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5 Frames of Close-up and Macro with an Olympus OM20, a Tokina 80-200 zoom and a Raynox DCR150 – By Richard Patterson

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The background to this story is that I bought an Olympus OM20 when they came out back in 1983, together with the 50mm kit lens. Over the next few years I added a Tokina 28mm and then an 80-200mm zoom. This gear served me well over many years, but about 2002, when small and light digital P&S cameras became affordable, they seemed much more practical. So I got one and the OM20 got used less and less, eventually being consigned to the back of a drawer.

Fast forward almost two decades to 2021 and we were in Covid lockdown. By this time I was using an Olympus EPL8 mirrorless camera with add on viewfinder and various lenses. As travel was difficult, I was taking lots of photographs in the garden, in particular close-up and macro shots of the various flowers as they came into bloom. I started off using extension tubes on the 14-42mm kit lens, which were fine for close up shots, but as I increased magnification the focal distance decreased to about 10cm, which left a working distance of about 1cm. This was so short I ended up getting in my own light a lot of the time, so I decided to try a close up “filter” instead. Luckily I managed to get a Raynox +5 dioptre filter in a sale on Amazon and in combination with the Olympus 40-150 zoom this was much easier to use, with a working distance around 10cm.

As lockdown dragged on I decided to take a few shots on the OM20 for a change, and then I thought: why not give macro a try? The Raynox comes with an adapter to fit various lens diameters so it was easy to attach it to the Tokina zoom. This allowed magnification all the way up to 1:1 but still with a reasonable working distance. A selection of shots follows :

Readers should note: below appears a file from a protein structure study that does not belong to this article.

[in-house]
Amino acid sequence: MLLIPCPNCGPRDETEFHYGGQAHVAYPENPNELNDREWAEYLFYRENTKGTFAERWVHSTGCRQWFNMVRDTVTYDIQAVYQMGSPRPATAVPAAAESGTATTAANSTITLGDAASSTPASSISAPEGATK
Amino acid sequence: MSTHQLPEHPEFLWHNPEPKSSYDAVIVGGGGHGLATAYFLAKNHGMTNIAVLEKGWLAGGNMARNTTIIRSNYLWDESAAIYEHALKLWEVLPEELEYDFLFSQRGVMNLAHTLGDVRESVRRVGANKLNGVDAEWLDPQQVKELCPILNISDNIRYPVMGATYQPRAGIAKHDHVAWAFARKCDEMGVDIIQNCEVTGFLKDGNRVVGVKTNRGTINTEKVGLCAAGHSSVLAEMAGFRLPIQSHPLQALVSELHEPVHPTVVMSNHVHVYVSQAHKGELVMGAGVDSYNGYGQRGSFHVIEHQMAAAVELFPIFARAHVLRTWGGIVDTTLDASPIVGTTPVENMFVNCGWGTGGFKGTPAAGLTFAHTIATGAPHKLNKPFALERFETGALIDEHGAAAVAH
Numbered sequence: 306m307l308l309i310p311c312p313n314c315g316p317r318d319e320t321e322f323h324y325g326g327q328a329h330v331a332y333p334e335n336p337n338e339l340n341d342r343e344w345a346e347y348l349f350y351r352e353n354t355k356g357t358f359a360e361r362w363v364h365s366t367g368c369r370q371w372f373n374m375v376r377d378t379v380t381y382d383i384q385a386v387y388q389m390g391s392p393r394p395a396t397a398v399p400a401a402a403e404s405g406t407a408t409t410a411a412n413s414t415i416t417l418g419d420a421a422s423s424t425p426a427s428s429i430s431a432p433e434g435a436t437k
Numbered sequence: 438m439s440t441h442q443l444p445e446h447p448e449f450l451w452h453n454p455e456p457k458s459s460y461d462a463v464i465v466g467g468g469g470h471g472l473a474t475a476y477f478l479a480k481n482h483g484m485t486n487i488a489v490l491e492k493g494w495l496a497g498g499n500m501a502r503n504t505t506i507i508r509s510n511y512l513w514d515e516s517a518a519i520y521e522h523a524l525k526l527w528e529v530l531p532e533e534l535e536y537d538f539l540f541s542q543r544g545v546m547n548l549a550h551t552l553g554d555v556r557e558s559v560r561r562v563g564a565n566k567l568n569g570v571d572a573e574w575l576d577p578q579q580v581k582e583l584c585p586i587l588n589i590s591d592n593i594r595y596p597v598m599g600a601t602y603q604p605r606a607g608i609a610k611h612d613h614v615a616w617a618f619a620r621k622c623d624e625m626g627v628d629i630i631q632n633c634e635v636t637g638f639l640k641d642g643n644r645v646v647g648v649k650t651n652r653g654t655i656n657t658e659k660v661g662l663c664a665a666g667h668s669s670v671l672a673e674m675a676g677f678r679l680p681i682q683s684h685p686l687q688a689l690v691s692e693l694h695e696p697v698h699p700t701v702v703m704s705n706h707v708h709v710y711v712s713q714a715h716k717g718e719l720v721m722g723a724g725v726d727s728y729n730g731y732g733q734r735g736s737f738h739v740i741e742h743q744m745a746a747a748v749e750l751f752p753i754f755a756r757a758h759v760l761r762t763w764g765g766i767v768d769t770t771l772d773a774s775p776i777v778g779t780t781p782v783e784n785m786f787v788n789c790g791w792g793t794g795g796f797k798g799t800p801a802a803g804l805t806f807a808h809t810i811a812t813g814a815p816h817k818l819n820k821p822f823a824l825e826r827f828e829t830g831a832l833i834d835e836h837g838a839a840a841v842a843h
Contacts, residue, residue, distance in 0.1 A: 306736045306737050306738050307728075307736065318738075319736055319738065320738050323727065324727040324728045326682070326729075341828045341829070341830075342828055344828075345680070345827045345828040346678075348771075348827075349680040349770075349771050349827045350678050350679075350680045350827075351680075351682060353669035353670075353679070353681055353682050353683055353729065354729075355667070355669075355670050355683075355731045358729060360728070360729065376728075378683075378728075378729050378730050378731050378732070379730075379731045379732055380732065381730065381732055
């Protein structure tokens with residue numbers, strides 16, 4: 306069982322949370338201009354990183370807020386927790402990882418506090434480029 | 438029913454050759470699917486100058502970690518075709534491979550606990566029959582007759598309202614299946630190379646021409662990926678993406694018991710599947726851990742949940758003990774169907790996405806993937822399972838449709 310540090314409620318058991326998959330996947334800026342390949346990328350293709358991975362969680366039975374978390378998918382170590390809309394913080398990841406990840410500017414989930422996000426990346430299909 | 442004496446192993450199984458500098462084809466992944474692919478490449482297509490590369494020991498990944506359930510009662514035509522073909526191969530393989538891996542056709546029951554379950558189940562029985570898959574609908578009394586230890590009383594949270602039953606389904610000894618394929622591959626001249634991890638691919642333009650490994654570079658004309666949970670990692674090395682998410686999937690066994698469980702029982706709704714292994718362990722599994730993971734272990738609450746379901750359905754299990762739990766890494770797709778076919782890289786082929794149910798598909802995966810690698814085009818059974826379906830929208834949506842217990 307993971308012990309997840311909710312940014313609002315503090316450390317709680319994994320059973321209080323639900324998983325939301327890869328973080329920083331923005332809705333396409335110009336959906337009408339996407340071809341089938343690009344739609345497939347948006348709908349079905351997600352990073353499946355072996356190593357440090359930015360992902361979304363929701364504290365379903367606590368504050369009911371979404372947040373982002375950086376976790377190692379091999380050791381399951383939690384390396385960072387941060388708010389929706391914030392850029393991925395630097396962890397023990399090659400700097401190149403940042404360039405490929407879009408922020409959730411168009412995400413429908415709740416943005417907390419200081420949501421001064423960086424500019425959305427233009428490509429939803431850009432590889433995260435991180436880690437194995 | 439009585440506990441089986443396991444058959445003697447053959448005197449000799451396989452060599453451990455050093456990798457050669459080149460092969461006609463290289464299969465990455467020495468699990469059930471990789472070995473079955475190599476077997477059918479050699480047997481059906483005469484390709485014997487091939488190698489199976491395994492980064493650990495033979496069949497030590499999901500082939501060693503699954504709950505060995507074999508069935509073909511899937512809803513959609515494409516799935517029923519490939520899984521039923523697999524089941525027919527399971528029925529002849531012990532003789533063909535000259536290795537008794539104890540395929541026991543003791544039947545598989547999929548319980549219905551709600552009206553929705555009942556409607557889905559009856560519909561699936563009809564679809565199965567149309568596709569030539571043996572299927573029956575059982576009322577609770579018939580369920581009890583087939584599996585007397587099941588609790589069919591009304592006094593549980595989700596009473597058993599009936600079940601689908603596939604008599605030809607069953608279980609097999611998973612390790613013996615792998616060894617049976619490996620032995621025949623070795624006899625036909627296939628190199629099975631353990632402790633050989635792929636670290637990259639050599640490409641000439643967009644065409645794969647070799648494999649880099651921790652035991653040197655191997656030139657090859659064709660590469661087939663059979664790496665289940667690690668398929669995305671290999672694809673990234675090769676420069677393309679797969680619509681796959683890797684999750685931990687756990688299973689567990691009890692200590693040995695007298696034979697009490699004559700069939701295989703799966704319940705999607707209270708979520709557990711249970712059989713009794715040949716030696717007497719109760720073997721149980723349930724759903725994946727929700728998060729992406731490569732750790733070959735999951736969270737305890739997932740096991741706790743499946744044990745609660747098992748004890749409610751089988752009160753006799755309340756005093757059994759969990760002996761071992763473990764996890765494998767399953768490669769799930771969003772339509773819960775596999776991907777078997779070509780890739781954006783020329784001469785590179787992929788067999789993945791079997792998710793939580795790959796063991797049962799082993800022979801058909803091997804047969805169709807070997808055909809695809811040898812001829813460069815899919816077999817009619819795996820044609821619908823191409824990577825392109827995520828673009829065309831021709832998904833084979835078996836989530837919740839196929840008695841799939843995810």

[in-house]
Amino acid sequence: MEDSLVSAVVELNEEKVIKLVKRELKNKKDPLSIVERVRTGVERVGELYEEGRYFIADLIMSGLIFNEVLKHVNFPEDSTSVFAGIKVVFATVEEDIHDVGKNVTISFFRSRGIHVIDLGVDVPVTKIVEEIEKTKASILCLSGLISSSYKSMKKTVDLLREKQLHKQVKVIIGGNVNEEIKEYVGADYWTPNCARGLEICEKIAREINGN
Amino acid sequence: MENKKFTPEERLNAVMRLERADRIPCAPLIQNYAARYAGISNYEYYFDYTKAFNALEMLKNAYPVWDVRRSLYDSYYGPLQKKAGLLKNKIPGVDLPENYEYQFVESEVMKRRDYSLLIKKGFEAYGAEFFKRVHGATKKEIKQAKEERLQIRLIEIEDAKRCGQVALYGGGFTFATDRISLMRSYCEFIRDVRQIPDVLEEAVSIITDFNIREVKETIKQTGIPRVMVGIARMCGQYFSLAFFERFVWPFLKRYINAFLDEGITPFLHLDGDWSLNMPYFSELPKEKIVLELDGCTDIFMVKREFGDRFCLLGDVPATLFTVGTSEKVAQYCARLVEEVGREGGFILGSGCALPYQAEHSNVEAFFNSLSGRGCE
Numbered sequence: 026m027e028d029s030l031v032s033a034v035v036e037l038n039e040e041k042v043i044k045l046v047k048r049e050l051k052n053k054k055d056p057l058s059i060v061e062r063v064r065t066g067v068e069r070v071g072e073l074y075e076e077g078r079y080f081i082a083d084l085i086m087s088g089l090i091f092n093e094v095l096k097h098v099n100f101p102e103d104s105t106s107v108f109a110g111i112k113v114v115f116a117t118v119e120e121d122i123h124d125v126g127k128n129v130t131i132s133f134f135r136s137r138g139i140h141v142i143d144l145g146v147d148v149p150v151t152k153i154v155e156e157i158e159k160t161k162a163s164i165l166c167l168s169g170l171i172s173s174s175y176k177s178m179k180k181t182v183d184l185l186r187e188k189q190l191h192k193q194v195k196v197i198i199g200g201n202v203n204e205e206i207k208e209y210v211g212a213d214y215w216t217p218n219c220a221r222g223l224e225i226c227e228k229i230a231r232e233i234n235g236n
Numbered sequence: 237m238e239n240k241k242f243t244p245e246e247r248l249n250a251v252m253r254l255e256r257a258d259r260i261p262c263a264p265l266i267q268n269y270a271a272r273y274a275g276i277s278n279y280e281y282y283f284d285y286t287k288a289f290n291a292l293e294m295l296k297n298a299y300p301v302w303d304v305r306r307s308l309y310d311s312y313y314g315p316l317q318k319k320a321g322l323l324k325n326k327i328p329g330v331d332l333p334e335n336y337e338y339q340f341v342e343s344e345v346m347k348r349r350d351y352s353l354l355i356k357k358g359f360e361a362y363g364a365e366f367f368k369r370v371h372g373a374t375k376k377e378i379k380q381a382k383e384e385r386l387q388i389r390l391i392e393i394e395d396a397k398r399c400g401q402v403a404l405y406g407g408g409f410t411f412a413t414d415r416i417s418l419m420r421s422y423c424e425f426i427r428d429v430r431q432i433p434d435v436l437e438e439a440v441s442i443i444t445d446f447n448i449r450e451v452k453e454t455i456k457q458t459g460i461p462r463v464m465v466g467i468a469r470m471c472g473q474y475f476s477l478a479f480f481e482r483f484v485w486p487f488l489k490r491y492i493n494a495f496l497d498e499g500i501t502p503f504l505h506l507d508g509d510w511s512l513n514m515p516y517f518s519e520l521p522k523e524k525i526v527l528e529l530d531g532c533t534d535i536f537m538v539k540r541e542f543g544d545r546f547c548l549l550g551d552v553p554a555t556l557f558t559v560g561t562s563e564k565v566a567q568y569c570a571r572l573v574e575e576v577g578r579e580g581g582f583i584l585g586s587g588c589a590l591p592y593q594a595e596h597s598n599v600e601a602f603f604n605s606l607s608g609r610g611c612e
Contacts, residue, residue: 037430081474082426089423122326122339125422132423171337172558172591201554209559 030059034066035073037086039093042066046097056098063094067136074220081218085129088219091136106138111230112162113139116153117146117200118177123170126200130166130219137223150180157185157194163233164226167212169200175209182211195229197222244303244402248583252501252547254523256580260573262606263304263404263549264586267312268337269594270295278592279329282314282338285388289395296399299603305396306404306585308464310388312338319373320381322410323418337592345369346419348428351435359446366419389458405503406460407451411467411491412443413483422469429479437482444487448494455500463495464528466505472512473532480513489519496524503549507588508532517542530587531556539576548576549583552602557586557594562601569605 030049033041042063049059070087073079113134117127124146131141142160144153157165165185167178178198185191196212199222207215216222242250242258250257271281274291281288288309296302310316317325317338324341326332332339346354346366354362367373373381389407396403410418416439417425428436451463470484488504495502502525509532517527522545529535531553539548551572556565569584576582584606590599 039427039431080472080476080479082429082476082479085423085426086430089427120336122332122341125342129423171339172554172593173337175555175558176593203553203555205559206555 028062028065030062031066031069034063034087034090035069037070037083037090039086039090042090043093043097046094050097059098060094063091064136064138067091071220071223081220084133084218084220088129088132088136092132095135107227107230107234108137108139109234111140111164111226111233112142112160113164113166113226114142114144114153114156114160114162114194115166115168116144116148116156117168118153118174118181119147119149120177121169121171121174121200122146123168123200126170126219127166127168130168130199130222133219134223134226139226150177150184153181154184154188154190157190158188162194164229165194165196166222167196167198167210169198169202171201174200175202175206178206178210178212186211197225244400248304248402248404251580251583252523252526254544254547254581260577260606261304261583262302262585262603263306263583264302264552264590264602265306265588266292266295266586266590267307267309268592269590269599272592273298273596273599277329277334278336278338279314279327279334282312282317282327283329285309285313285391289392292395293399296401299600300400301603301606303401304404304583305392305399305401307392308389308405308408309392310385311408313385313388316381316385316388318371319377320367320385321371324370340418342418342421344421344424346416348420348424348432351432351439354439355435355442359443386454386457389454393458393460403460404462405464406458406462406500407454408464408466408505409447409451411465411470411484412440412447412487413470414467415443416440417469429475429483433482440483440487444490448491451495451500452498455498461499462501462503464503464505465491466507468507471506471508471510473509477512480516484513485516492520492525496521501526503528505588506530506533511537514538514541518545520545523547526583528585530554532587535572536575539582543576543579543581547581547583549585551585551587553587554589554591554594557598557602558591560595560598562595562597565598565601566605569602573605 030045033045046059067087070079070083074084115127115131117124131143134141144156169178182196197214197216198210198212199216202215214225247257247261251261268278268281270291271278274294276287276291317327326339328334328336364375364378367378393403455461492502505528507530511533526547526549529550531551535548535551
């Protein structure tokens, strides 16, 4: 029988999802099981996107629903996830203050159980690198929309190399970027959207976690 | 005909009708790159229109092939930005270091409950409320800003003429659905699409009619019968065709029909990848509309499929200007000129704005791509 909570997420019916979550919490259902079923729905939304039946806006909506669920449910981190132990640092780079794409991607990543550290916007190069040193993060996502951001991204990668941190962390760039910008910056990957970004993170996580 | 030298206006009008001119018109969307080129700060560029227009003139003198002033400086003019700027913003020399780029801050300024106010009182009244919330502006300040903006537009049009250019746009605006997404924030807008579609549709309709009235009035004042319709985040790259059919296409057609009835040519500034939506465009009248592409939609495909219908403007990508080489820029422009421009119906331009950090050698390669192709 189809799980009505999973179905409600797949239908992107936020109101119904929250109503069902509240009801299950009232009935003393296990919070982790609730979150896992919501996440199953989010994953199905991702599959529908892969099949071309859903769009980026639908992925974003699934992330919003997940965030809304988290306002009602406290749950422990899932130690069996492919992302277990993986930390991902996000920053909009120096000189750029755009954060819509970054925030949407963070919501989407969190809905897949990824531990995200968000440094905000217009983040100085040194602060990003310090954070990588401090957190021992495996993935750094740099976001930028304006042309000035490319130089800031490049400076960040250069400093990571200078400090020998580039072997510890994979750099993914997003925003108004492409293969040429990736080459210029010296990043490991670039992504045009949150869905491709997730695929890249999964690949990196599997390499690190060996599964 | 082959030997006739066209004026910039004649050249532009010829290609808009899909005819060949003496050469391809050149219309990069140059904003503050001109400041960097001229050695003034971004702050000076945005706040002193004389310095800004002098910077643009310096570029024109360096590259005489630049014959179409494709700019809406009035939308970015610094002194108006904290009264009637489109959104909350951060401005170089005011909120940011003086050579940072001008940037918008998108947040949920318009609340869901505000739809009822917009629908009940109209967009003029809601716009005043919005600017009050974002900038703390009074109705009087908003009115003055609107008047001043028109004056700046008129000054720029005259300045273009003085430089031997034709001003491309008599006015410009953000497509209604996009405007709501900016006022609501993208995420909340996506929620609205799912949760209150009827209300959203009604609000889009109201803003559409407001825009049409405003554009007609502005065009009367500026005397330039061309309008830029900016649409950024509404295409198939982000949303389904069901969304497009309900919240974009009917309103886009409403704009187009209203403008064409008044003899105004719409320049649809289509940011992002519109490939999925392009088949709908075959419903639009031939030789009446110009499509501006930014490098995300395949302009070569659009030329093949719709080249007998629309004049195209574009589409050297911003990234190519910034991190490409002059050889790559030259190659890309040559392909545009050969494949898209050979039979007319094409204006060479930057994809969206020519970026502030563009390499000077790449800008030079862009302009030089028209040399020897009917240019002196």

Centre of Hibiscus flower

Centre of an Hibiscus

Raindrops on a petal

Raindrops on a petal

More raindrops

More raindrops

Rose

Rose

White Rhododendron

Rhododendron

The results were rather hit and miss, probably because I wasn’t using a tripod, but it seemed to me that the good ones had something special.

Digital techniques, in particular focus stacking, can produce stunning macro images these days. But compared to digital, the film images appear less clinical to me, instead they seem more painterly. It’s as if for a scientifically accurate image, digital is better, but for a more artistic image film is better. Or maybe it’s all in my imagination and these are just a bunch of shots where I slightly missed focus! Let me know what you think in the comments section below.

All shots taken on Kodak Colorplus 200 and developed by Photo Hippo in Burnley.

Thanks for reading ….

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